Image samples found on

Smokey eye with neutral sparkle | Image sample found on



Smokey Eye Tutorial

Smokey Eye Tutorial

Applying a basic smokey eye can be pretty easy, and typically requires a minimum of 2-3 colors: Light and Dark OR Light, Medium and Dark. This particular tutorial includes three colors. As for tools, I use two soft “blending brushes” for the whole process. Keeping one brush for light colors and a second for dark colors. So here we go:

1. & 2. The first two steps blur together because you want to do a lot of blending with your first two colors. Apply a medium neutral color across the whole lid, then a lighter highlighting color under the brow and in the inner corner of your eye. Blend, blend, blend! (Image 1 of 4)

3. Using a dark brown or black, smudge the dark shadow into the crease of your lid. Blend the edges. (Image 2 of 4)

4. After all your shadows are well blended, apply liner to the upper and lower, inner ledges of your eye. Crayon is easiest, but I occasionally use both crayon and liquid liner for this look. Liquid makes it last longer, has sharper lines, and won’t smear as easy. (Image 3 of 4)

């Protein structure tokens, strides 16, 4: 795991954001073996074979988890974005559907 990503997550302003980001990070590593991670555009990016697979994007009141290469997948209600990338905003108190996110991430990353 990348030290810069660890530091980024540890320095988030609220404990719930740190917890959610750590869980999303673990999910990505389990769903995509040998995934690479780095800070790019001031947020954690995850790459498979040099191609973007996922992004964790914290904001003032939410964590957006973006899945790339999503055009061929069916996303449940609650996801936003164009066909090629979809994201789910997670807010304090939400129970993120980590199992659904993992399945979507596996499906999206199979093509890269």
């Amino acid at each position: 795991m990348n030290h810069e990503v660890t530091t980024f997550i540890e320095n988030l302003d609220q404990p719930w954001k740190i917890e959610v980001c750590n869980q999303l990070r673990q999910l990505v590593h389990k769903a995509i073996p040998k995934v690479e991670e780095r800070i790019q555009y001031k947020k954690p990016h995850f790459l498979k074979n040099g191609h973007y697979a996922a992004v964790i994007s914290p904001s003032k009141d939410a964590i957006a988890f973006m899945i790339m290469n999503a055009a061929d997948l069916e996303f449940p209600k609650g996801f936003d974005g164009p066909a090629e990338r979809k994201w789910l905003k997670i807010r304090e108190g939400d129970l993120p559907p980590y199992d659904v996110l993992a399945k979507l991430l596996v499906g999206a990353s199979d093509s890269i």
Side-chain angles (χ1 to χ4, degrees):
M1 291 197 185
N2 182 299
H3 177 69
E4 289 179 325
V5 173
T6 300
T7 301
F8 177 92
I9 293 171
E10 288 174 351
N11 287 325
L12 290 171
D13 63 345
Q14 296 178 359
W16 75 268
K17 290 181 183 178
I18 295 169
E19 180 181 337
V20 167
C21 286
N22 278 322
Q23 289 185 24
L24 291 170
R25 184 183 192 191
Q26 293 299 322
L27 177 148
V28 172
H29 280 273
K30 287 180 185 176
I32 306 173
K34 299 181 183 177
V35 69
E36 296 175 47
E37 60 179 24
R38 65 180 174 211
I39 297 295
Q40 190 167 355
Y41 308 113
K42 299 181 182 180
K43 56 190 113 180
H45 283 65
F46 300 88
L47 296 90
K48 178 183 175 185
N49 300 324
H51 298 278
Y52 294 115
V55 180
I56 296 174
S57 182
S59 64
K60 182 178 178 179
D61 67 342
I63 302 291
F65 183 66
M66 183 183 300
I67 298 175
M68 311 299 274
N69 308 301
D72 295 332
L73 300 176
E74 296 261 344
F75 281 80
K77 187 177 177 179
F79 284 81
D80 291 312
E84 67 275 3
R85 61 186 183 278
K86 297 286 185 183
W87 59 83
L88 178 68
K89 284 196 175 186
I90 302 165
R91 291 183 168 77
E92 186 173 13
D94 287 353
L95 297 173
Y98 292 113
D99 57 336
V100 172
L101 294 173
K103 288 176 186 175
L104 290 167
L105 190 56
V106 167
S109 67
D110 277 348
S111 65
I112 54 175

{Careful, it does take some practice applying liquid liner to the ledge of your eye!}

5. If desired, curl your eyelashes, but be sure to apply your mascara on the upper and lower lashes. Done!

6. Practice makes perfect.



This is my particular favorite for a neutral eye! There’s two ways a “wing” can be accomplished: Shadow or eyeliner. It’s very important to choose your method wisely based on your personal characteristics. Shadows make this look more subtle, while still getting the awesome definition of a winged technique. Liners are going to create a bold, harsh line for those looking for a dramatic wing.